Climbing Mont Blanc (4808m), well half way up (2372 m)…
One of our many things to do during our trip was to walk some of the TDMB path (Tour du Mont Blanc), which winds it way around the white peak through France, Italy and Switzerland. During our stay in Plaine Joux, we’d been fortunate to sample some of the path during our walks in the area. We had a map of the entire route, including walks spurring off high into the many alpine peaks surrounding Mont Blanc.
Feeling confident, I announced to Han with much glee that I’d found a suitable walk on Mont Blanc. It’s a walk up to the mountain to one of the stations I said, shouldn’t be too difficult. The route selected finished at the original end point of the Mont Blanc Tramway, Nid d’Aigle.
Opening in the early 20th century, the route was designed to take curious holiday makers and mountaineers safely up the mountain, with multiple stops along the way. Notable stops are Bellevue and Nid d’Aigle, both offering superb views of the Bionnassay glacier. Nid d’Aigle contains a refuge, used by mountaineers attempting to summit Mont Blanc. Beyond this station, the path is strictly crampons, ropes and ice axes only. I’m sure that we will return one day to climb it in full, unfortunately the refuges don’t allow for dogs. We were however not disappointed with our walk.
We had already climbed Mont Columbier a week earlier, which was a pretty tough climb for us all, but we did it and it left us feeling confident for the first part of Mont Blanc. That said, the climb up Mont Blanc was going to be higher.
Our starting point was a ski station above the town of Les Houches, specifically the Maison Neuve Chairlift. Plenty of parking for the van, we even saw another van that had been wild camping at the station overnight. As every day for the last week had seen seen temperatures +30, we’d agreed to set off early, as much for Chiefs benefit as our own.
The path that leads up from the ski slope heads first towards Col de Voza (1650m), onto Belleview (1800m). We packed one bag for the day, waterproofs, thermals, food and plenty of water. Despite our usual preparations, it was another boiling day, no need for the thermals and waterproofs! The rising sun started to rain down upon us and would continue to shine for the entirety of the day, good job we’d packed all that water!
Chief as ever makes things look easy. Han and Chief were accelerating up the steep paths whereas in truth, I was regretting packing so many “essentials” in the bag. I think Han would come to realise along the route the phrases “would you like a drink” and “are you hungry” we’re a ruse to lighten the load. Chief was so full of beans he even had time to try out the ski lifts to see if they were working.
Having reached Col de Voza, we had our first break in the morning sunshine. Despite having breakfast at 5am, Chief included, it’s fair to say we were all a bit peckish after the first part of the climb. There’s a little museum there with display boards depicting the building of the railway and some early pictures of tourists. We continued on up towards Belleview, where we began to get our first glimpses of the glacier.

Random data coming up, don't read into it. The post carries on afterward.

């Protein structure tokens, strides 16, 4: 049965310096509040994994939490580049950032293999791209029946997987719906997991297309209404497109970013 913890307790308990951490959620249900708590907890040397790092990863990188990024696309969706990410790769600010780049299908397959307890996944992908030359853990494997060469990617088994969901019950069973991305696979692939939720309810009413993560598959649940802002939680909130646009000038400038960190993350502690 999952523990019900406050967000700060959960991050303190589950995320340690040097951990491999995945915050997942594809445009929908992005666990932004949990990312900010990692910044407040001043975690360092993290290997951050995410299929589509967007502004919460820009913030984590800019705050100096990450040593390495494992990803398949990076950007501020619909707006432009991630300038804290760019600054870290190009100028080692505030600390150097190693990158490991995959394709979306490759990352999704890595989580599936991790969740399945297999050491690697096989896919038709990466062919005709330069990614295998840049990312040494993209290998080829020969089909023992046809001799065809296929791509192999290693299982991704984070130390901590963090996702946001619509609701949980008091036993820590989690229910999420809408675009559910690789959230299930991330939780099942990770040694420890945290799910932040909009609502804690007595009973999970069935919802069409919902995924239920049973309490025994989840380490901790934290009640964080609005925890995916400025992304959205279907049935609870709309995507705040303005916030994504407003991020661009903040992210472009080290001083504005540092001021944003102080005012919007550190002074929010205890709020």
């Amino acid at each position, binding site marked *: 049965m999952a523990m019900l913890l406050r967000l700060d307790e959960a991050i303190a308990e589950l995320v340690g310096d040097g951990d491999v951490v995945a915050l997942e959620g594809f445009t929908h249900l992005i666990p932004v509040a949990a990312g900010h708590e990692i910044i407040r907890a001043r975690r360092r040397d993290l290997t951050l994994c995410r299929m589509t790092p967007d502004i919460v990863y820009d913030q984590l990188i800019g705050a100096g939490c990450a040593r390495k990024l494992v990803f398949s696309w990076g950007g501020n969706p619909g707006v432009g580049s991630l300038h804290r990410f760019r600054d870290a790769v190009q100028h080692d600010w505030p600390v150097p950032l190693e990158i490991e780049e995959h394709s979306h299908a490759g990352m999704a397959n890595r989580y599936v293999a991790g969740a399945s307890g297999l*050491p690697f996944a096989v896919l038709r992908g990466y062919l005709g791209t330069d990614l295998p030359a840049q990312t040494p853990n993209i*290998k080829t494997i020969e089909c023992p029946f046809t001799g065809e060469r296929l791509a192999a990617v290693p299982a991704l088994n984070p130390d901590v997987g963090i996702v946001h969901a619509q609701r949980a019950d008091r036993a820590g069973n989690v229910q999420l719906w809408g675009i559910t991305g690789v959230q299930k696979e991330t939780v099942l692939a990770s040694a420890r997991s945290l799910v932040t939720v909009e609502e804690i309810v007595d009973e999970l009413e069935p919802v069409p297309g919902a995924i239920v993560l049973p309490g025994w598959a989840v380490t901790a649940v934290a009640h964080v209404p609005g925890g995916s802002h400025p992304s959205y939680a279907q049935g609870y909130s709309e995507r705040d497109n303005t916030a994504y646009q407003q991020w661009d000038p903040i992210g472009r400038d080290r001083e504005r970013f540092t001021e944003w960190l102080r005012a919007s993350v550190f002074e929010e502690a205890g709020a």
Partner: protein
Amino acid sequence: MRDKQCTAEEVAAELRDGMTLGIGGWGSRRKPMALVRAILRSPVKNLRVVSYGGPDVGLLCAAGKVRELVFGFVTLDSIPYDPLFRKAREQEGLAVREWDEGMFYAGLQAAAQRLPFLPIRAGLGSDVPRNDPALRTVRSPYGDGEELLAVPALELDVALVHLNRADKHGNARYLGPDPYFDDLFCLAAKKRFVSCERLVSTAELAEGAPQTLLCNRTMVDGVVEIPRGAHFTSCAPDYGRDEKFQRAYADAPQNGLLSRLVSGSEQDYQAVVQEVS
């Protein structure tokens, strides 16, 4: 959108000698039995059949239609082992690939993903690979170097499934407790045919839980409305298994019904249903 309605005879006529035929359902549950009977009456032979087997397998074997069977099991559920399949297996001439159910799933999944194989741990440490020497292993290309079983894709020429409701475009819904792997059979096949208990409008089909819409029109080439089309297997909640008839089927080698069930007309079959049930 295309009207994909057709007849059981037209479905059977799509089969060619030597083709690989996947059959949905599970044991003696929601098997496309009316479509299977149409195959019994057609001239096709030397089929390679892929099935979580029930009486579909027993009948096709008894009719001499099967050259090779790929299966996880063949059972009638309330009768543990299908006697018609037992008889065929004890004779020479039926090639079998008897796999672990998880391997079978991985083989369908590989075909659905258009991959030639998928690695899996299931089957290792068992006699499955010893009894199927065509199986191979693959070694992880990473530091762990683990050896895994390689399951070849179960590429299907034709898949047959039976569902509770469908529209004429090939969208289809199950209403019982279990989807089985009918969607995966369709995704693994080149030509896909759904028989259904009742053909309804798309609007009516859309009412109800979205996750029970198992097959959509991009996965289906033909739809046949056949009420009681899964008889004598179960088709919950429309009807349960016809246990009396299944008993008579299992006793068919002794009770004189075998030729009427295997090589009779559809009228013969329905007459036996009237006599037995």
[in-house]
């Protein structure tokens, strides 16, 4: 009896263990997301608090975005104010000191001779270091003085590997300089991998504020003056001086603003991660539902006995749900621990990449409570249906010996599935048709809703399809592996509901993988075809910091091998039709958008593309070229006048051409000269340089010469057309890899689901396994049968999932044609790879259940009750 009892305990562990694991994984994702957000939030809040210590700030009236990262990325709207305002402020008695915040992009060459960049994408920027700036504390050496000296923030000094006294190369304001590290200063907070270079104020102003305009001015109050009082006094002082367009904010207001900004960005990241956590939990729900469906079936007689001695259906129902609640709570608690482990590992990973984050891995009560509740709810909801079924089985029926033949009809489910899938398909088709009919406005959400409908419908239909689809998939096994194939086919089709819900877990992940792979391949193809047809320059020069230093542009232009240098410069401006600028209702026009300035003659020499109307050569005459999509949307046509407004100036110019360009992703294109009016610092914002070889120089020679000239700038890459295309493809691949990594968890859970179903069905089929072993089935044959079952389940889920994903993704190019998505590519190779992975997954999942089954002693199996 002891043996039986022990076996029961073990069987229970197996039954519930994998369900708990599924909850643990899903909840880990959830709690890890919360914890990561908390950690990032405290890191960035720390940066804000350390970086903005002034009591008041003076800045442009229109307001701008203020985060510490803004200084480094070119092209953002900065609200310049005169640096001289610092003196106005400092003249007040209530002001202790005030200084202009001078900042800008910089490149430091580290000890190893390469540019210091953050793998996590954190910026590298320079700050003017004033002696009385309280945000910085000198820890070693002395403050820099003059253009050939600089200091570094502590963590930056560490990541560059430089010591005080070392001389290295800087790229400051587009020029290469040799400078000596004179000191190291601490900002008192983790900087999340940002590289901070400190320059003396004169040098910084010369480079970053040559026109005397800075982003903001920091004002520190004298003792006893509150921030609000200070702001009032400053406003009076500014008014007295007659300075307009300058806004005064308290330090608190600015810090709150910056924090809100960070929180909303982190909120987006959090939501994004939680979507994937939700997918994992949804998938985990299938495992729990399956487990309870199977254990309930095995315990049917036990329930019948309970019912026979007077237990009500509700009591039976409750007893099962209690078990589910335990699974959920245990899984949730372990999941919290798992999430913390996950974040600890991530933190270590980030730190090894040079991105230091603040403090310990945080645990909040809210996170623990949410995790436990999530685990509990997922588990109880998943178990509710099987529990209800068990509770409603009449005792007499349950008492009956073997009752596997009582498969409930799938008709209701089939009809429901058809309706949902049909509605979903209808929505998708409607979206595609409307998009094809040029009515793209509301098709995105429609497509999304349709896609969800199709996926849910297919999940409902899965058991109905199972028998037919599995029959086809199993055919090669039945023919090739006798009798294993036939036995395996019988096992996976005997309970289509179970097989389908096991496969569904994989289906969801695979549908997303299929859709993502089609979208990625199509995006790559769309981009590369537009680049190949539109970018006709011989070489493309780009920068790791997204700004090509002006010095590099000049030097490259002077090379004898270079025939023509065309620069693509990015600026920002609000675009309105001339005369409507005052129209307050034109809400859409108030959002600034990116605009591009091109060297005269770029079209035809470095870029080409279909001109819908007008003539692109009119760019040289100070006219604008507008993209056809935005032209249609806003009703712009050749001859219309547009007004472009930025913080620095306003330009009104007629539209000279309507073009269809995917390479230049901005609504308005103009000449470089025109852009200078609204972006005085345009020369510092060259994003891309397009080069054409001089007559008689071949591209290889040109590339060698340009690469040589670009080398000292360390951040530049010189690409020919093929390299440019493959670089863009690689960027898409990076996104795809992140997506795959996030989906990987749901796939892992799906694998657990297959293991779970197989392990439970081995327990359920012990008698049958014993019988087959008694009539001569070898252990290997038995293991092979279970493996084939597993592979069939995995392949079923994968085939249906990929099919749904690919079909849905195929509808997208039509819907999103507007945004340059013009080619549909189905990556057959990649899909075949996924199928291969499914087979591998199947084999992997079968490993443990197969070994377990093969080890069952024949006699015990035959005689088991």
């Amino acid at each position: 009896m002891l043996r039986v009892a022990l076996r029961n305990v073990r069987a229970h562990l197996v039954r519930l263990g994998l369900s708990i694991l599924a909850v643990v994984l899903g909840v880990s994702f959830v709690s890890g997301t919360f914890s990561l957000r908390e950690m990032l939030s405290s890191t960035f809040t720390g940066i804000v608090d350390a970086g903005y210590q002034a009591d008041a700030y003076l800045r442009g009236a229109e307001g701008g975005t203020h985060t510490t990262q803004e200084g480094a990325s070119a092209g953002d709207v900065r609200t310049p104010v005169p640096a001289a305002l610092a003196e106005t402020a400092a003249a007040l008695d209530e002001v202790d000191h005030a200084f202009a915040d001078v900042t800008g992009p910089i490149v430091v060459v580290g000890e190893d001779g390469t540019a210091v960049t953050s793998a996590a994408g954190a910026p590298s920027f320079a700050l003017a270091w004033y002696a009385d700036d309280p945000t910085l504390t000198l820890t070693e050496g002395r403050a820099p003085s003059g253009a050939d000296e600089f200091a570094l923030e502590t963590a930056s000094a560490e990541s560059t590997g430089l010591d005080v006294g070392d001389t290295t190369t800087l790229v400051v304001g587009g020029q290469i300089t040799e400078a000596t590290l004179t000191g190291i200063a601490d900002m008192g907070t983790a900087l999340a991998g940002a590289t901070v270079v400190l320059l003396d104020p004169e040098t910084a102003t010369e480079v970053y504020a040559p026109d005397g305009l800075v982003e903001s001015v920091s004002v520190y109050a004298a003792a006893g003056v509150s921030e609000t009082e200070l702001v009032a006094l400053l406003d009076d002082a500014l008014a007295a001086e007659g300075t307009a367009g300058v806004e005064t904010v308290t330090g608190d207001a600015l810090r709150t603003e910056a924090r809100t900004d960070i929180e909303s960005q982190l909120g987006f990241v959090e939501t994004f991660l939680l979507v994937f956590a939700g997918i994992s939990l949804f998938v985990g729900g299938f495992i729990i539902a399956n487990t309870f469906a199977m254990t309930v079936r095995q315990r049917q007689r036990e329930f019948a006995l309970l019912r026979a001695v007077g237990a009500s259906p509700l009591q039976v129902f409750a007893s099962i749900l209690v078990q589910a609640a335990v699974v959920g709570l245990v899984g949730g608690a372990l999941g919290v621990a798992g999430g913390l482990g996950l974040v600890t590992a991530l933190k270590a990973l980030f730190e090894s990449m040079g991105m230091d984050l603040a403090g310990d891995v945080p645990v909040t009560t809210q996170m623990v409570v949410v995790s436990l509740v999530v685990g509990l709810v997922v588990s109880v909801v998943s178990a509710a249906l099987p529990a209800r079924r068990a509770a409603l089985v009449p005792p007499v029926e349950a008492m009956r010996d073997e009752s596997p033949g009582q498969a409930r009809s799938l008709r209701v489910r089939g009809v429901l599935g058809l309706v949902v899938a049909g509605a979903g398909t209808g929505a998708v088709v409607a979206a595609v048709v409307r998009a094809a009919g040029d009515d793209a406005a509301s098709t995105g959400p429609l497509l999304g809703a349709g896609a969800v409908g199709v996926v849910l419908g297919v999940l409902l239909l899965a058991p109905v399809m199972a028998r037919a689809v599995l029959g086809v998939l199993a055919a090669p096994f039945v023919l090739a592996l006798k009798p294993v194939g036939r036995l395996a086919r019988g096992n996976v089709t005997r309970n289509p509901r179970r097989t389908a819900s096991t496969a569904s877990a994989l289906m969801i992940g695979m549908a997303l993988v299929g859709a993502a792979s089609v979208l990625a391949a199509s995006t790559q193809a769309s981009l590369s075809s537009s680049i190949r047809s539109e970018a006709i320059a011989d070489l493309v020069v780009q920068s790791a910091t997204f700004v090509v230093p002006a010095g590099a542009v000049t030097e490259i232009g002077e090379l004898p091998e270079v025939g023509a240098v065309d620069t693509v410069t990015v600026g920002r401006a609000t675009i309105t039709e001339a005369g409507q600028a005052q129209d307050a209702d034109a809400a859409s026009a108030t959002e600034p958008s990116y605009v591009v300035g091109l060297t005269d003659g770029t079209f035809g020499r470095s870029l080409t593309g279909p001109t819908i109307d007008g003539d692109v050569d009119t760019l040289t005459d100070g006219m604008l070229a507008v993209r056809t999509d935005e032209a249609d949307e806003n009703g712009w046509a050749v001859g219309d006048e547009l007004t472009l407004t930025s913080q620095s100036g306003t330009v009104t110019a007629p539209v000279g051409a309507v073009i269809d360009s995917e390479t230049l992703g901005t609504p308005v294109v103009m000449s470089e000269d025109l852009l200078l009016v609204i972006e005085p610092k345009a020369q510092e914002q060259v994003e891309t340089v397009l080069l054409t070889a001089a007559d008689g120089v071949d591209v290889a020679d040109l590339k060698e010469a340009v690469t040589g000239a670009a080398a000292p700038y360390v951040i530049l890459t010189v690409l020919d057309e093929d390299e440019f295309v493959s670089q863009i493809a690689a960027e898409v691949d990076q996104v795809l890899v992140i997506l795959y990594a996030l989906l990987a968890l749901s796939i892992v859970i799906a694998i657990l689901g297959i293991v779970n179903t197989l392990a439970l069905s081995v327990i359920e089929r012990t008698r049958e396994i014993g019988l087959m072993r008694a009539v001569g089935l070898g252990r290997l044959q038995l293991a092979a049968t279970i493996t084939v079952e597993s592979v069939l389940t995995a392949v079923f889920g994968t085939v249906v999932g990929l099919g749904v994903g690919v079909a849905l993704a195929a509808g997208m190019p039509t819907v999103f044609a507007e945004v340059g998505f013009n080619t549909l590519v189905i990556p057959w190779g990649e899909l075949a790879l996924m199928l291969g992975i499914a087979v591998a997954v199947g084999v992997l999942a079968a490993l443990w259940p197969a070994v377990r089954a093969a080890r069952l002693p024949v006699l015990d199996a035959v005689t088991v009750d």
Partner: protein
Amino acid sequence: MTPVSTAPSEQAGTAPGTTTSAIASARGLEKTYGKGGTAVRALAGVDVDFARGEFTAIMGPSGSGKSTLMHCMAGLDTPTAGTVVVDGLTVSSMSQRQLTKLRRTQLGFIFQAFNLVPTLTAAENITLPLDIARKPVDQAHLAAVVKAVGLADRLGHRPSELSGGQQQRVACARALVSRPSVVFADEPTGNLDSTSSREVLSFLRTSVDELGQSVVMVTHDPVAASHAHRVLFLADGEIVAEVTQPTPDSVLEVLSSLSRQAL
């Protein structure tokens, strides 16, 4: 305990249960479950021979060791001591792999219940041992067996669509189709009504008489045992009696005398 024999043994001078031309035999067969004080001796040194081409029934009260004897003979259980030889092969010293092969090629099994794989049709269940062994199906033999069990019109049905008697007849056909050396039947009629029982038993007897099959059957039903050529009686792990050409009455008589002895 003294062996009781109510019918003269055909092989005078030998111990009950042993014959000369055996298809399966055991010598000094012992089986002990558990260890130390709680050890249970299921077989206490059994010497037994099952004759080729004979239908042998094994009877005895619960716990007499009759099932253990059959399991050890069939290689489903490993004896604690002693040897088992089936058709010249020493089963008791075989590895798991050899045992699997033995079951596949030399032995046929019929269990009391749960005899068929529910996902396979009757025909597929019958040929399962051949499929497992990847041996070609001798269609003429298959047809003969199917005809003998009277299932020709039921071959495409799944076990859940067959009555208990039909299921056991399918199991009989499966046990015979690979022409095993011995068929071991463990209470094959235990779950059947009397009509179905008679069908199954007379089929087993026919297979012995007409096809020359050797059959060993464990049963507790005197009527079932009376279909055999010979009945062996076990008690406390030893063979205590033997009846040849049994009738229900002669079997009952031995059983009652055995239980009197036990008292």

We were also presented with our first choice, continue up the standard route, or opt for a detour taking a steep climb up to Mont Lechat (2115m) before rejoining the route at Col du Mont Lechat. We opted for the steep route.
Just before arriving at Mont Lechat, to Chiefs amazement we discovered snow and lots of it. An already jolly Chief (he loves adventures) went wild in the snow, jumping, skidding and sliding all over the place. We thought here would be a good place for silliness and games, Chief didn’t disappoint. We could have played all day, but we had a mountain to climb and the temperature was rising.
The last part of the walk takes you up alongside the train track. It’s fair to say it wasn’t running during our trek and due to the volume of snow, it didn’t appear that one had been this far up all season (the tunnel was still blocked).
The terrain was rocky underfoot, Chief struggled as much as we did. We had a solution though… Chief is like the Mr Gadget of dogs, if there’s something out there he probably has it. Out come his walking boots (if you don’t have a dog you may begin to wonder about the logic of this). The boots however protect his feet from the sharp rocks and help to prevent him from discomfort or cutting his pads unnecessarily.
The path was precarious, with many parts covered in snow and the path teetering on the edge of some enormous vertical drops.
Approaching the station, we observed the tunnel was completely snowed in. A path was available to the side, but having done a quick reccy, the last few meters to the station would have required us to clip to the rock face and was pretty much impassable. Having achieved a great amount in one day, we decided 50m from the finish we were unable to safely travel any further. The view from this point was spectacular, providing a top down view onto the glacier and into the valleys below.
Our way back down in the early afternoon was quick. We kept hearing screeches, that we’d attributed to the birds, both during our final climb and as we came back down the mountain path. Passing Col du Mont Lechat, Han ushered me over to look at something. Perplexed at what she had seen, we observed these cat like creatures on their hind legs looking directly at us. Somehow though, they were also perfectly camouflaged. One quick glance away and you’d struggle to spot them again. The noises we’d in fact heard we’re those of the Marmot, a type of large squirrel. We saw 4 whilst we sat and watched them peacefully, apparently they are quite rare to see.
We were astounded at the amount of people climbing up in the midday sun as it was now incredibly hot, but fair play to them for trying! A great route and great day out, maybe next time we can continue on to the summit!